Since 1789, there have been at least 54 colleges and universities operated by Jesuits in the United States. According to Michael Rizzi, these institutions played a pivotal role in the history and evolution of the American higher education system.
“The Jesuits started schools in every region of the country in every imaginable circumstance, from the Colonial era to the Civil War, Westward expansion, the industrial age, and beyond,“ says Rizzi. “The more I read about them, the more convinced I was that I needed to tell this story.”
Michael Rizzi is a 2017 alumnus of the Doctor of Education (Ed.D) in Higher Education program at the University of Pittsburgh School of Education.
In his new book, Jesuit Colleges and Universities in the United States: A History (Catholic University of America Press, 2022), Rizzi traces the complex history of colleges and universities the Jesuits have operated in the United States. His book examines the history of the American education system through the eyes of institutions such as Georgetown University, Boston College, Fordham University, Gonzaga University, Marquette University, and others.
“The book was a labor of love,” says Rizzi. “In total, 27 Jesuit colleges and universities still exist today. It’s an extremely important slice of the US higher education sector.”
Rizzi began the book writing process while he was working on his dissertation in the EdD program at Pitt Education. Through the research process, Rizzi quickly recognized why a book focusing on the history of Jesuit schools had never been written and why it was so important to him.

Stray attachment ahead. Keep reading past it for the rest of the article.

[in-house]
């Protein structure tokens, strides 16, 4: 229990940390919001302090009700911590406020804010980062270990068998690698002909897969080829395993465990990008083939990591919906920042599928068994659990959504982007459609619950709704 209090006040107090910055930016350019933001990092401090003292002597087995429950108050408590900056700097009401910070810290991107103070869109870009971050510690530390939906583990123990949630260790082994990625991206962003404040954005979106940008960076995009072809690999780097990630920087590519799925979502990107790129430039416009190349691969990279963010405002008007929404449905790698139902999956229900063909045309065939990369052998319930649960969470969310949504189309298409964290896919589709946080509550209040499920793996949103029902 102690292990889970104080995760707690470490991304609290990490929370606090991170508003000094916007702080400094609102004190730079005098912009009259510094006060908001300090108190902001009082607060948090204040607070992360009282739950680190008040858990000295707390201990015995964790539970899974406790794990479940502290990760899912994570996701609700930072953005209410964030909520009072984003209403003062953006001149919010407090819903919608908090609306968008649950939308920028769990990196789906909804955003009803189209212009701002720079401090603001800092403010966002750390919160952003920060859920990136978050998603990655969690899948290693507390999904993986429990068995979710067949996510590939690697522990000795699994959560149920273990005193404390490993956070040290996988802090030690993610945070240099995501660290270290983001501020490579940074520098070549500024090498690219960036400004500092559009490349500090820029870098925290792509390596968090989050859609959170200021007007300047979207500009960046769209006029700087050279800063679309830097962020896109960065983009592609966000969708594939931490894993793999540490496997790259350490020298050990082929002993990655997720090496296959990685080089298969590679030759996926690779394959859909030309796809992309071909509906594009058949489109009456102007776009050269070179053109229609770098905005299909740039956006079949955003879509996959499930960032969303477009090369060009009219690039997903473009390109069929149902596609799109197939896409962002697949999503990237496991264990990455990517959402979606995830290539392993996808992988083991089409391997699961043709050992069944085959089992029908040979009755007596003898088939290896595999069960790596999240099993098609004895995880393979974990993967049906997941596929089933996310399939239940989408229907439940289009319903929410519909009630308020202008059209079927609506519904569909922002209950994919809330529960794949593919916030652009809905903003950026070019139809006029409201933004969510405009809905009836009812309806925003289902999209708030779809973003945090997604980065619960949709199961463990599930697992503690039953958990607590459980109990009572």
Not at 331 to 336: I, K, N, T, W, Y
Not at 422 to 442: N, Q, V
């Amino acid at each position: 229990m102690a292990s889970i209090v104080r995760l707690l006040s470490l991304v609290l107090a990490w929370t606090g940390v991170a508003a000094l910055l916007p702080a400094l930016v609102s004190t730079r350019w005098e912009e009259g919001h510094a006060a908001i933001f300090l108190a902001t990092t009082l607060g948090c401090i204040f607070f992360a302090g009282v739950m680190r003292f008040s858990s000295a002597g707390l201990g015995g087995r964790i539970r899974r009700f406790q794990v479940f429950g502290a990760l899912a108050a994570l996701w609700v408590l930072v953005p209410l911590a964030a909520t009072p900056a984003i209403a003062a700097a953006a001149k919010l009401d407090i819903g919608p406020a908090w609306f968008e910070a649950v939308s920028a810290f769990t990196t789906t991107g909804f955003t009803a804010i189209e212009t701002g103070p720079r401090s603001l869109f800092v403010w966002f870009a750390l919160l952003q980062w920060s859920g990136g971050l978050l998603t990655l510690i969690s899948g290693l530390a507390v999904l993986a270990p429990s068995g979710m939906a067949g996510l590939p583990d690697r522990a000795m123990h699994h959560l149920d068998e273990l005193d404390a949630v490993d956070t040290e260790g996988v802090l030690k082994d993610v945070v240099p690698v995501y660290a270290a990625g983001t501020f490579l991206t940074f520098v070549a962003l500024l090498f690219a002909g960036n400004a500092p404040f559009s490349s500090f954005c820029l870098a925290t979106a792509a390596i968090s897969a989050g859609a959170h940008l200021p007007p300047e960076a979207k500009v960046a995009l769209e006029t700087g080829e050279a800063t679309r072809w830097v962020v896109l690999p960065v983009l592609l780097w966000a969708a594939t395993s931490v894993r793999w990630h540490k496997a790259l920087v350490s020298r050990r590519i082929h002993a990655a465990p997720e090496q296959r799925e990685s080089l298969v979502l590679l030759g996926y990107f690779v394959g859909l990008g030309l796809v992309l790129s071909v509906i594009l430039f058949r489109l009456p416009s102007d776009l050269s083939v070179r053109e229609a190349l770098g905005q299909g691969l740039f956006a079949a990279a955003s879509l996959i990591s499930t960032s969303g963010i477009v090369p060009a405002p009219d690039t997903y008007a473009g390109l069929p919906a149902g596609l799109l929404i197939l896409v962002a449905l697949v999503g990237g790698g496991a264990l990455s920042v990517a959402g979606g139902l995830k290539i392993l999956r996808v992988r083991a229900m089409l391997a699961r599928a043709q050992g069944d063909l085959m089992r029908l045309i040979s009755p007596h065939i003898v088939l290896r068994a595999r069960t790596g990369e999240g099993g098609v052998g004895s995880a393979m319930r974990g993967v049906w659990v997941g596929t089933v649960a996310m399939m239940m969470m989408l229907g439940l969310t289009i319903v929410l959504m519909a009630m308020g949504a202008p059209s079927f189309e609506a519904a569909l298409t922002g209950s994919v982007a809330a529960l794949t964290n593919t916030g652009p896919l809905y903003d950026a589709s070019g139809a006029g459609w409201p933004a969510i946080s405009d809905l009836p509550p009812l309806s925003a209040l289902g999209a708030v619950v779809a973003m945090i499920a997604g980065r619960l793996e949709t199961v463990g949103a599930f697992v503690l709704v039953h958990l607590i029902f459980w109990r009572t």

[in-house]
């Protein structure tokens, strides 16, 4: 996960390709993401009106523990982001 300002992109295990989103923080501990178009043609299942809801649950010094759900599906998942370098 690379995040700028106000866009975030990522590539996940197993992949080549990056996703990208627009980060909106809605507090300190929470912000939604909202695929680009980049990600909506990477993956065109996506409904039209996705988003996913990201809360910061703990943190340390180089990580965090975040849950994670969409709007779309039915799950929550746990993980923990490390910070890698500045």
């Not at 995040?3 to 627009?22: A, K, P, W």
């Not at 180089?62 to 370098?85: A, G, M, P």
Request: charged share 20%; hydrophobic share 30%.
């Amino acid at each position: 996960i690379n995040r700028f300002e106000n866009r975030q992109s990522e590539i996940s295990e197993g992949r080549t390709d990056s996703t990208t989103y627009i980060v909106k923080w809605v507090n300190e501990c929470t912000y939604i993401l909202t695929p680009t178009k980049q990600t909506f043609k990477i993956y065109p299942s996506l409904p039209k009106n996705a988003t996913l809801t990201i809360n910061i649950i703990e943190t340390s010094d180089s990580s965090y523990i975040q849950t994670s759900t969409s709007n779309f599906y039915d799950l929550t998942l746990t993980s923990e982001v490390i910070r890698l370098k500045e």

“I collected a lot of books about the history of individual Jesuit colleges, but I couldn’t find one that told their story collectively,“ explained Rizzi. “It was challenging but fascinating to trace how so many schools evolved through all of these time periods.”
Rizzi hopes readers of his book walk away with an understanding of how education has changed over the centuries and how interconnected Jesuit schools are to that evolution.
“I wanted the book to be a history of the U.S. higher education system as well as a history of Jesuit colleges operating within it,” explained Rizzi. “What we consider a ‘normal’ college experience today is very different from what higher education was in the past.”
Rizzi says supportive faculty at Pitt Education encouraged him to follow his passion of writing a dissertation that eventually inspired and empowered him to try his hand at a book.
“I was fortunate to have some very supportive faculty on my committee, including Stewart Sutin and Michael Gunzenhauser,” said Rizzi. “When I told them that I wanted to write a dissertation on Catholic colleges and universities, they encouraged me to follow my passion even though it was a slightly unusual topic. I doubt that I ever would have attempted to write a book if I hadn’t already had the experience of writing an EdD thesis and my time with Pitt Education.”
Rizzi credits Pitt Education and the EdD program for giving him the foundational tools necessary to write this book.
“Everything I learned was valuable,” said Rizzi. “Every class session was an opportunity where I could learn from my peers in all walks of education. I took a lot out of the program, and I’m certain that I never could have written this book if not for the experience I had in the School of Education.”
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